Surrey youth dedicated to making a difference both locally and on a global scale are being recognized by the BC Council for International Cooperation for their efforts.
Krissi Bucholtz, Simon Child Vélez and Semiahmoo Secondary’s InterAct Club are all being profiled on the council’s website in celebration of International Development Week Feb. 6-12.
“The purpose is to recognize the work, the energy and the ideas that youth are bringing to their communities here in Canada, as well as overseas, in order to make change,” BCCIC program officer Lynn Slobogian told Peace Arch News Thursday.
Bucholtz, 20, is being lauded for her work as executive director for the People’s Foundation for Sierra Leone, an organization she co-founded two years ago to provide at-risk youth from the west African country with an opportunity to attend university. The Fraser Valley Christian High School grad first connected with the youth there after visiting as a student teacher during a 2008 school trip.
“I just got really inspired and motivated by working with the kids for a month, so I kind of figured that I wanted to follow an international development path with my work.”
Bucholtz attended the Global Stewardship program at Capilano University, and returned to Sierra Leone for five months, and was joined by friend Katie Jenkins.
“We had an idea of starting our own project,” Bucholtz said, noting the average salary in Sierra Leone is $200 a month.
“There’s no way these kids can afford to go beyond high school. I basically wanted to start a project that would give them that opportunity, but instead of just giving them handouts, starting a project that would empower them and enable them to take (action) in their own lives.”
The duo has already sent four youth to university through their efforts, and are now working to raise another $10,000.
Bucholtz is to return to the country in May and use the money to renew the four current scholarships for another year, as well as send another four students to university.
Bucholtz – who plans to teach and run the organization in Sierra Leone after gaining her education degree – said she felt humbled and excited for the project to be highlighted by the BCCIC.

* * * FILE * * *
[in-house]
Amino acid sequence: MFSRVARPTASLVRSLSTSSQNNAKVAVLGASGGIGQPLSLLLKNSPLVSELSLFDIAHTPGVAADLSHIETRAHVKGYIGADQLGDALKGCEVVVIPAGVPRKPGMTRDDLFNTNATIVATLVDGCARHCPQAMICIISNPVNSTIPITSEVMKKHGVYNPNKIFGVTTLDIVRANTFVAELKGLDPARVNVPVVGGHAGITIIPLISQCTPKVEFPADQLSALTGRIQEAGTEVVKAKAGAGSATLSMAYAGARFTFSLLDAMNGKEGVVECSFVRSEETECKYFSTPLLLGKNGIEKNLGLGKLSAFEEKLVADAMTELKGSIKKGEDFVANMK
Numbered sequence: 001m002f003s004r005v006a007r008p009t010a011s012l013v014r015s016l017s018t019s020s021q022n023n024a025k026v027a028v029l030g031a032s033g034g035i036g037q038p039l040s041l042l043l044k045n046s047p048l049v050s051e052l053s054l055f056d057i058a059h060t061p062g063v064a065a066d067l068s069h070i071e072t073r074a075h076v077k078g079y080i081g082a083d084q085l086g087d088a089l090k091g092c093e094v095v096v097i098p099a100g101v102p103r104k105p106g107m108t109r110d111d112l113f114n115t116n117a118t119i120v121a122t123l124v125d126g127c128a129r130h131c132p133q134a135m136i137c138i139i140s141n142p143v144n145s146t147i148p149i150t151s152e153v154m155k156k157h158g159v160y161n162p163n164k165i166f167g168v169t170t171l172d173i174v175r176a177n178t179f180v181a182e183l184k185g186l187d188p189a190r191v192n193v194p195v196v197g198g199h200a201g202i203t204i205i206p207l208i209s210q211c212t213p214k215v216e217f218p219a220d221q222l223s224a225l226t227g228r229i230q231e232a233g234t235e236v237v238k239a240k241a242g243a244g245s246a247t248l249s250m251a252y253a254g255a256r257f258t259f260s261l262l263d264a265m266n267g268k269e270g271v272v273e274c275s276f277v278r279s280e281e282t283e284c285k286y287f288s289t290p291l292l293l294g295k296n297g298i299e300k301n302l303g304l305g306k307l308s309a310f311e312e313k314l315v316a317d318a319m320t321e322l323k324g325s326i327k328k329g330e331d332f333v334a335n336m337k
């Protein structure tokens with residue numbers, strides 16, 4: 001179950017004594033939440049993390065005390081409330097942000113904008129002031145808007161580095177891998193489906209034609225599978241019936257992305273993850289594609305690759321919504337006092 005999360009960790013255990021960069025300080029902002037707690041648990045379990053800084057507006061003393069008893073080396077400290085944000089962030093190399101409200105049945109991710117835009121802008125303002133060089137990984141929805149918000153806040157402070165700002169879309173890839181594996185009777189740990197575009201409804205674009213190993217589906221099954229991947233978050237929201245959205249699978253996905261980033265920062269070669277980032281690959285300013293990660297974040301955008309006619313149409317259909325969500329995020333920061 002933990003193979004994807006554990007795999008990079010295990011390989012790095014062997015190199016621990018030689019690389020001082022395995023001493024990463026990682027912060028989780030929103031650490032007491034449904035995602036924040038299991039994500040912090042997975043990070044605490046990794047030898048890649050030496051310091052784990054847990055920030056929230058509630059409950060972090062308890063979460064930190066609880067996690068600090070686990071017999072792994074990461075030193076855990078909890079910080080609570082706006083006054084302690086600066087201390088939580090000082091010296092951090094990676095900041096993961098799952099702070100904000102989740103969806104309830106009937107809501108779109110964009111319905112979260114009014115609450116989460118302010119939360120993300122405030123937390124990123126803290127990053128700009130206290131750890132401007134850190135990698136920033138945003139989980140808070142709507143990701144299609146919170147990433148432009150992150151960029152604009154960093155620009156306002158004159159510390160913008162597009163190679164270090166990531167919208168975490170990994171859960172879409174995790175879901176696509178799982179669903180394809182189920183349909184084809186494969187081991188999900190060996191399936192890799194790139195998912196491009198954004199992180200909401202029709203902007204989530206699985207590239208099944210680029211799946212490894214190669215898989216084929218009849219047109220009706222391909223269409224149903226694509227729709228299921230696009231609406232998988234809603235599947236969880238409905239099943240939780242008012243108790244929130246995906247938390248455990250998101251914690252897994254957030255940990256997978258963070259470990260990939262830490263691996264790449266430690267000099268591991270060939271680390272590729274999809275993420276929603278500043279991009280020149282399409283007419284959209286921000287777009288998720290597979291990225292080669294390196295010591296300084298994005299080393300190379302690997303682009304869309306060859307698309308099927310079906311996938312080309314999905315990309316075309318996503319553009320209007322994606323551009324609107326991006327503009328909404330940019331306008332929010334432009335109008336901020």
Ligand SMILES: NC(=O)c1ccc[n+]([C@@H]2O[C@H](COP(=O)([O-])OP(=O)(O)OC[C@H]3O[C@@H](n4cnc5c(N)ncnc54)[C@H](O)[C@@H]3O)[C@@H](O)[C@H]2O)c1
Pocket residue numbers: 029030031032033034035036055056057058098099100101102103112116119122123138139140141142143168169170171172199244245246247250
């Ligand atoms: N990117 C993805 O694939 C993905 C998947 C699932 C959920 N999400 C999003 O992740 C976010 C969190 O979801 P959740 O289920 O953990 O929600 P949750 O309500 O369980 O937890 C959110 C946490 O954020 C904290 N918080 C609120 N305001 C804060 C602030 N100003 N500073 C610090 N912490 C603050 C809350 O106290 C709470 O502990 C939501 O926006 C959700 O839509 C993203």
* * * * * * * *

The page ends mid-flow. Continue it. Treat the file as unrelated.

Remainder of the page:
“It’s interesting for me because it’s not about me being recognized for the work, but it’s about the work getting out there because now more people know about the need in Sierra Leone,” she said. “It’s a chance to represent all the incredible youth I work with.”
Bucholtz is profiled alongside Semiahmoo Secondary Grade 12 student Child Vélez, director of the Africa Canada Accountability Coalition, a research and advocacy group based at UBC.
He researches Canada’s relationship with the Great Lakes region of Africa, and makes that research accessible through the Internet and social media, as a basis for advocacy campaigns and policies.
“I believe that you are responsible for what you know,” Child Vélez said in a prepared statement. “Once you’re no longer ignorant, you need to advocate with your government to do more to alleviate suffering in the world.”
Semiahmoo’s InterAct Club mounts successful campaigns to alleviate injustices both in the community and internationally through work with ACCES Kenya and the local food bank.
The club is being represented by its president, 17-year-old Fara Shah, featured last October in Peace Arch News after earning the B.C. Youth Gandhi Award.
“Essentially, as the youth and the future of our global society, we have taken the responsibility of improving issues that matter to us,” Shah said as representative.
The public is invited to hear more about the youth’s efforts at www.bccic.ca, where visitors can watch video, read and listen to a podcast.
The profiles will be available until Feb. 18, and are part of a national campaign supported by the Canadian International Development Agency, called I Am Making A Difference.
The BCCIC received nominations for the initiative, and a jury made up of youths recognized last year chose eight people 30 and younger to highlight.
“The idea is to share their stories hopefully to inspire others to also make changes in their communities, to inspire others to know they can make a difference – it doesn’t matter how old they are or where they live,” Slobogian said. “For myself, I’ve found it very inspiring and energizing to learn about their work, to hear about how they approach making a change.
“They tell their stories really powerfully. It’s been excellent getting to know them.”